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Hiring of KPMG to assist Grenfell Inquiry, without competition, raises serious questions

5th January 2018 – News that KPMG has “won” a £200k contract to assist the Grenfell Inquiry raises serious questions over both the competitiveness of Government procurement, as well as the suitability of KPMG to carry out this role given possible conflicts of interest.

Media reports describe that KPMG were awarded the contract by the Cabinet Office without any public tender process. Open contracting is an important anti-corruption tool that allows effective oversight to root out the awarding of contracts to benefit private interests.

Such a process may have also helped reveal and mitigate against potential conflicts of interest, with KPMG’s other clients including companies that are subjects of the Grenfell Inquiry.

Duncan Hames, Director of Policy at Transparency International UK, said:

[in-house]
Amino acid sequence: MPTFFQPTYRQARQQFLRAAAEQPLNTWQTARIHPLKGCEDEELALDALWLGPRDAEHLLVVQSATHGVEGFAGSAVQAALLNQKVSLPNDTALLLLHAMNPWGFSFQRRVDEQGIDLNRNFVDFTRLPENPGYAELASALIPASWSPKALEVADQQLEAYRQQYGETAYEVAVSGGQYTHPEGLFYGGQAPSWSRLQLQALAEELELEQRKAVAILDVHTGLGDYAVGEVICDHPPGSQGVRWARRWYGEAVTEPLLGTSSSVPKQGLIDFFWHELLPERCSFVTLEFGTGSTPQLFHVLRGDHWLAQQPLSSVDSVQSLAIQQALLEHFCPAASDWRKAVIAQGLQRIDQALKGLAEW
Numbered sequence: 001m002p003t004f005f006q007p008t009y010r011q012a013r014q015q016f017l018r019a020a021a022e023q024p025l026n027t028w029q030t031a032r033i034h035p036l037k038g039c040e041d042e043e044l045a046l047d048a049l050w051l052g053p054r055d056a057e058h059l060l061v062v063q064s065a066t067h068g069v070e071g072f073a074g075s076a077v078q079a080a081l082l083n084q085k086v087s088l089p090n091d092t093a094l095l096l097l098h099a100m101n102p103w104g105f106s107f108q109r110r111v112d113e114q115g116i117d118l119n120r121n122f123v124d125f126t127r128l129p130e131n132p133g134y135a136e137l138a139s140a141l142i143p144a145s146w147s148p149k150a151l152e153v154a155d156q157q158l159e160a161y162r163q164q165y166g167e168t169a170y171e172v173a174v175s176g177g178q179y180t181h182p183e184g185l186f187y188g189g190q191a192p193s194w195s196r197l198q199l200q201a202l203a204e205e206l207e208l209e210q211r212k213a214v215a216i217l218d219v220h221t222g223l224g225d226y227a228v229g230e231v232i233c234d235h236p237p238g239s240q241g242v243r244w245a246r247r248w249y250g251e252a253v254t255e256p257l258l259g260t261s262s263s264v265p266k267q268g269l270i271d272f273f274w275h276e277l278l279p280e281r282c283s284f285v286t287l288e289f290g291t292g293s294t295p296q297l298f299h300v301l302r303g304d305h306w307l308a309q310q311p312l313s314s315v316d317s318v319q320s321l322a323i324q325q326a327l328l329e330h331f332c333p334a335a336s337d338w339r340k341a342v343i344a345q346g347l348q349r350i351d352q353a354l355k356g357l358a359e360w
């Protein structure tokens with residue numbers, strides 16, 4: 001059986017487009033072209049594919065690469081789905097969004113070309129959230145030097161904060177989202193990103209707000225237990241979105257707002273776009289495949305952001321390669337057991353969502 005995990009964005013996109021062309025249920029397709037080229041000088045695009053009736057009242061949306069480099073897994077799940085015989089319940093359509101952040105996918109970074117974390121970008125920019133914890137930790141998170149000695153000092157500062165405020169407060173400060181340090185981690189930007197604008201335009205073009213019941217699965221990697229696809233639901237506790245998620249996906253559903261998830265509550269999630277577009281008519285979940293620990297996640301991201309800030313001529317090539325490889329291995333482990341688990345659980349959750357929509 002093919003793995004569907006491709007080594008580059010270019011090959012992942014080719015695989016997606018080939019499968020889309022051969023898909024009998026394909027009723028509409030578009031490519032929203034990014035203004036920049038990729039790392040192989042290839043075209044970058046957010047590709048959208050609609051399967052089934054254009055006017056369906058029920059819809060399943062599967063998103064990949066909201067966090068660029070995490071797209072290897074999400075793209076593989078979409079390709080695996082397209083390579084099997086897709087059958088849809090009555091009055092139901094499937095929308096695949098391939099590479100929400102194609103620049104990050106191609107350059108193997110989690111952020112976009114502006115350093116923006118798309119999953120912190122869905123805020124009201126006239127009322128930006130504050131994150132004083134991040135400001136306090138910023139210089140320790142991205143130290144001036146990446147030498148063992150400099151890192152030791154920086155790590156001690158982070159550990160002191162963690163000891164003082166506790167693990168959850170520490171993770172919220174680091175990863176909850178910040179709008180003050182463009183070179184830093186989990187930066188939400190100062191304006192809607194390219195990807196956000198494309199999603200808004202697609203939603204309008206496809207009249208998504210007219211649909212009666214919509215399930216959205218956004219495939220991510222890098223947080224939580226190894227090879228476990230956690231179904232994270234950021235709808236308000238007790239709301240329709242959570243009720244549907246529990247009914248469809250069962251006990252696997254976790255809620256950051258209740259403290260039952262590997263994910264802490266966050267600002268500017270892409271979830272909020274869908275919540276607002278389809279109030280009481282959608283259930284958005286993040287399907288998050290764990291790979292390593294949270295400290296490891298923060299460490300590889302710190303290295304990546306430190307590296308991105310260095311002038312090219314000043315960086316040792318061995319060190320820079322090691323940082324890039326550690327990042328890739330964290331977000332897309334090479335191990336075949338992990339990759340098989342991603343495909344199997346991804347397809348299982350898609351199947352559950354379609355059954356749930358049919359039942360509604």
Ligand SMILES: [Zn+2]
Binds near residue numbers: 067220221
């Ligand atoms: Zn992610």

“A key aspect of the inquiry into the Grenfell fire tragedy must include whether corruption or corrupt practices had any part to play, as would be the case if a similar event took place anywhere else in the world. The public have rightly been deeply concerned by this terrible tragedy and so it is absolutely imperative that the inquiry itself is conducted in the most transparent way possible and with the highest level of integrity.”

“It is therefore worrying that the Government has failed to honour these principles, taking shortcuts when hiring advisers to assist the inquiry. The scale of this contract is enough that it should automatically require a competitive tender process.

“KPMG has amongst its clients three companies subject to this investigation whose interests may conflict with the public’s in the inquiry. KPMG must ensure these conflicts are properly managed, at the very least by effective separation of information about the work of the inquiry from colleagues working on these accounts.”

***ENDS***

Contact:

Dominic Kavakeb

020 3096 7695

079 6456 0340

dominic.kavakeb@transparency.org.uk

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Read 272 times Last modified on Friday, 5 January 2018 15:40

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